Timekeeping on Mars makes use of the 'extended second', which is 1.027491251041666... seconds long. This preserves a 24-hour 'sol'. Typically, many use the terms 'second', 'minute', 'hour', 'day', 'week', and 'month' interchangeably, though when accuracy is noted, standard seconds are assumed.
In Earth time, a sol averages 24 hours, 39 minutes and 35.24409 seconds long over the course of a tropical year, or 88775.24409 seconds. This creates some difficulty, since it is close enough to be conveniently considered a day yet not close enough for very accurate tracking.
A day on Mars is sometimes called a sol, primarily to differentiate it from the term 'day' on Earth. Because of the extended second, a Martian day still has 24 hours, each with sixty minutes, each with sixty seconds, even though a given second is slightly longer.
The 'weeksols' are named in order: Heliosol, Phobosol, Deimosol, Venusol, Terrasol, Jovesol and Lunasol, named after seven of the most brilliant planetary objects seen from the planet's surface (Saturn is omitted to avoid confusion with Saturday). As Phobos and Deimos were consumed in the voracious appetite of human industry, their memory will at least be aided by such naming.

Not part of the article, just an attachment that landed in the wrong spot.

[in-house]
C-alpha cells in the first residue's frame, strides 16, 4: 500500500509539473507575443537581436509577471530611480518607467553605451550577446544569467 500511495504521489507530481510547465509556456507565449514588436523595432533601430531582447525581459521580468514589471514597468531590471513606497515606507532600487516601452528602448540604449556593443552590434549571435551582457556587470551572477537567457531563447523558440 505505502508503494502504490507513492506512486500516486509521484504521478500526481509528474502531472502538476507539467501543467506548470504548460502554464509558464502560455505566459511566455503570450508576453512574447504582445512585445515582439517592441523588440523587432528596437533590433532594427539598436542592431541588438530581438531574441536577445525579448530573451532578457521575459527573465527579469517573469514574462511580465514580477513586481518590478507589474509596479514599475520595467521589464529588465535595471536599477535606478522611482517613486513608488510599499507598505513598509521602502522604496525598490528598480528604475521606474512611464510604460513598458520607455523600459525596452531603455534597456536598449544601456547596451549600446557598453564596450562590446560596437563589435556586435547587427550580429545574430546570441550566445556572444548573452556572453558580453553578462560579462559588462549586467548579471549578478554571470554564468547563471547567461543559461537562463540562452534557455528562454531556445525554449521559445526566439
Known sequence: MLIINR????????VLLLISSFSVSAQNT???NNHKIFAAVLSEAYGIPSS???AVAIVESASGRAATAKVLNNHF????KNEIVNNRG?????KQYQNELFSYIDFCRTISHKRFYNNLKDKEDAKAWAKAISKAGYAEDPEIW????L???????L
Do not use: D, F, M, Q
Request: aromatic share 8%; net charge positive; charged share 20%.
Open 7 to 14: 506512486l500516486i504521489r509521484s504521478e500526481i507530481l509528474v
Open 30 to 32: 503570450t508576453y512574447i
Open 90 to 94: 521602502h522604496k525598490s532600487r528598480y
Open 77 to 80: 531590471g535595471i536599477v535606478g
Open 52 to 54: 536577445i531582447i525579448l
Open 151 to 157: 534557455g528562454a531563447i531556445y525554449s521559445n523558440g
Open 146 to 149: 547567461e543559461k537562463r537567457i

Each month is divided into four weeks of seven sols, totaling 28 sols per month, every month.
A year normally has 24 months. Every eighth year, the last month is dropped from the calendar. Every 304 years, the drop is skipped and the year proceeds normally. They are named somewhat loosely after the Sanskrit ordinals. While originally specified to be much longer, linguistic drift had significantly shortened the names by the time they had come into common use.
- Admasa (from aadimamaasa - 'the first month')
- Dvityasa (from dvitiiyamaasa)
- Trityasa (from tritiiyamaasa)
- Caturthasa (from caturthamaasa)
- Pancamasa (from pancamamaasa)
- Sasthmasa (from sasthamaasa)
- Saptmasa (from saptamamaasa)
- Astmasa (from astamamaasa)
- Navmasa (from navamamaasa)
- Dashmasa (from dashamamaasa)
- Ekmasa (from ekaadashamaasa)
- Dvamasa (from dvaadashamaasa)
- Trayodesh (from trayodashamaasa)
- Caturdesh (from caturdashamaasa)
- Pancadesh (from pancadashamaasa)
- Sodesh (from sodashamaasa)
- Saptadesh (from saptadashamaasa)
- Astadesh (from astaadashamaasa)
- Navadesh (from navadashamaasa)
- Vimshasa (from vimshatitamamaasa)
- Ekavim (from ekavimshatitamamaasa)
- Dvavim (from dvaavimshatitamamaasa)
- Trayovim (from trayovimshatitamamaasa)
- Caturvim (from caturvimshatitamamaasa) - Skipped every 8 years, except for every 304th.
Shortly after the development of the Martian calendar, the Helios Calendar was designed and accepted. The instantaneous communication made available by tachyon transmission quickly eroded the popularity of this calendar. After the Purge, it is mostly used as an oddity, nostalgic types, and sometimes to throw others off in a conversation.
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